Which? uses cookies to improve our sites and by continuing you agree to our cookies policy.

Feed-in tariffs

Feed-in tariff cuts

Article 3 of 5

Put us to the test

Our Test Labs compare features and prices on a range of products. Try Which? to unlock our reviews. You'll instantly be able to compare our test scores, so you can make sure you don't get stuck with a Don't Buy.

Feed-in tariff cuts

Find out about the latest changes to the feed-in tariff, including payment rate cuts and whether it's still worth investing in solar panels.

The feed-in tariff (FIT) has been providing payments to owners of electricity-generating renewable energy technologies since 2010. 

The generous initial rates of FIT meant the uptake of solar panels was faster than expected. The government has since decided that the rates for solar PV have to be cut to control costs. 

Read on to find out more about the feed-in tariff cuts - from how it will affect you if you already have solar panels, to whether it's still worth investing in solar panels.

Has the feed-in tariff been cut?

Yes, it has been cut for new installations from 1 January 2016. The rate for new installations between 1 October and 31 December 2017 is 4p per kWh. Systems installed before the FIT was cut are not affected.

Find out more about the recent changes to FIT and how it affects what you get paid in our guide to feed-in tariff earnings and savings.

Are solar panels still a worthwhile investment?

The lower FIT will mean a longer payback time for the solar panels. If your home is particularly energy inefficient, you also have to consider how much it will cost to bring its Energy Performance Certificate level to D or above. This is the minimum level required to qualify for the higher rate of feed-in tariff. About half of all properties are already eligible for a D rating. 

This makes solar PV a long-term investment, as you'll only make a profit once the system has paid for itself. The feed-in tariff is paid for 20 years (it used to be 25 years).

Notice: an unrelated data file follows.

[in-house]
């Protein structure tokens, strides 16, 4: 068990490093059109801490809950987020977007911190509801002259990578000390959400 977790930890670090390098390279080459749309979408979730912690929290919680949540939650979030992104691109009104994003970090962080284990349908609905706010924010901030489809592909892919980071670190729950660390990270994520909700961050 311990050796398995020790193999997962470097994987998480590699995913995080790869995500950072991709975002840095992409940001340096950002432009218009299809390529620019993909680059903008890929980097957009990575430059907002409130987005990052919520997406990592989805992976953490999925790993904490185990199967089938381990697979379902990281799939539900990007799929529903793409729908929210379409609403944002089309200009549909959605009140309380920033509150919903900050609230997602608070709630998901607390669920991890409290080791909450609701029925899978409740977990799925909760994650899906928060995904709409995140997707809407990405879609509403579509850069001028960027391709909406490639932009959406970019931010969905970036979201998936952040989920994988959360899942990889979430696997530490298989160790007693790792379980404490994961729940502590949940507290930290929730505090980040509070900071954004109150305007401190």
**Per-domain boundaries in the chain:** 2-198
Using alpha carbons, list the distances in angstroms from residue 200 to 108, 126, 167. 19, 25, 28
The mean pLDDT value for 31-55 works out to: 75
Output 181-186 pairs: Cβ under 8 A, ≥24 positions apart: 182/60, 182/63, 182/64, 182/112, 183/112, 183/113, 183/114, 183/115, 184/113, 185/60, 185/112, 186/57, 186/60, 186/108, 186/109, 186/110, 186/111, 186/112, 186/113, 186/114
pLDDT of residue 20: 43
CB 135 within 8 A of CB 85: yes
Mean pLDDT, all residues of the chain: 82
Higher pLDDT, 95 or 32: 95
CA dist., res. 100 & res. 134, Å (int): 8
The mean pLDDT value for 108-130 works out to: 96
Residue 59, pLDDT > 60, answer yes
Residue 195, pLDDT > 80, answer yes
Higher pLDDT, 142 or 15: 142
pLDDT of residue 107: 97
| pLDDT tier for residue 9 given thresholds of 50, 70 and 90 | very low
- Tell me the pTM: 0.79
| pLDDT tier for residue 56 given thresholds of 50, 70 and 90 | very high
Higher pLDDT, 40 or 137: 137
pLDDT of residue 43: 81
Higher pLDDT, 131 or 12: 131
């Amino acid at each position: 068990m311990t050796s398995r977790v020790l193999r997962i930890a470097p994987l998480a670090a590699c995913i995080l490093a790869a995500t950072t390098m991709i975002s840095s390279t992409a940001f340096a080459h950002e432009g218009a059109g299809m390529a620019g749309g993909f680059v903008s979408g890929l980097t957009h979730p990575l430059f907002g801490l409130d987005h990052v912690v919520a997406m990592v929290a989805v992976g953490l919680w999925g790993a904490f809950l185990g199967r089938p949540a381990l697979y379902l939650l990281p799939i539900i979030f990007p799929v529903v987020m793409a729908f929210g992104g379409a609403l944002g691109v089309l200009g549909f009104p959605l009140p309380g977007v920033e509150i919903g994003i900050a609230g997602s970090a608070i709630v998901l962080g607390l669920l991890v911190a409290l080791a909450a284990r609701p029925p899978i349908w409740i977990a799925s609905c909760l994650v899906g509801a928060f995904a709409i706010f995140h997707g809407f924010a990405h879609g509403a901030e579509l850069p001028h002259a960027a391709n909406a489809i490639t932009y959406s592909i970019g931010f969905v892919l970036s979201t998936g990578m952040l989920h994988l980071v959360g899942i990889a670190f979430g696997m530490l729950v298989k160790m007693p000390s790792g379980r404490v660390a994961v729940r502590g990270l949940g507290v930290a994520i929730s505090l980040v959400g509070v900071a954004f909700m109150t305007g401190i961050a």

However, if installation costs continue to fall and you pay less for your system, and/or if electricity prices continue to rise, the payback period will shorten. 

Putting the £6,000 to £9,000 typical solar panel cost into an ISA for the same amount of time might lead to a higher annual rate of return. Find out more in our guide to solar PV as an investment.  

I already have solar panels. Does this affect me? 

No. Solar PV systems already registered for the old feed-in tariff rates are not affected. Any change to the feed-in tariff rates, including the latest cut in January 2016, only affects new installations. 

Though do make sure you're maximising your profit from your panels - read our expert advice on how to make the most of your solar panels.

What if I wait – is the tariff fixed?

No, the government reviews the FIT rates on a regular basis, as well as applying a 'degression mechanism' which will reduce the tariff on a regular basis if costs continue to fall.

What about other technologies such as wind turbines and solar thermal panels? 

Wind turbines, hydroelectric and micro-combined heat and power systems are all eligible for the feed-in tariff and have also been cut - but to a lesser extent. We've pulled together the latest rates for all eligible technologies in an easy-to-read table - feed-in tariff rates.

Solar thermal panels - which produce hot water rather than electricity - come under a separate government scheme that's designed to reward households for generating their own heat. Click to find out more about the Renewable Heat Incentive (RHI).

Where can I find out more?

If you are unsure about your options or have any further questions, contact the Energy Saving Trust Advice line on 0300 123 1234.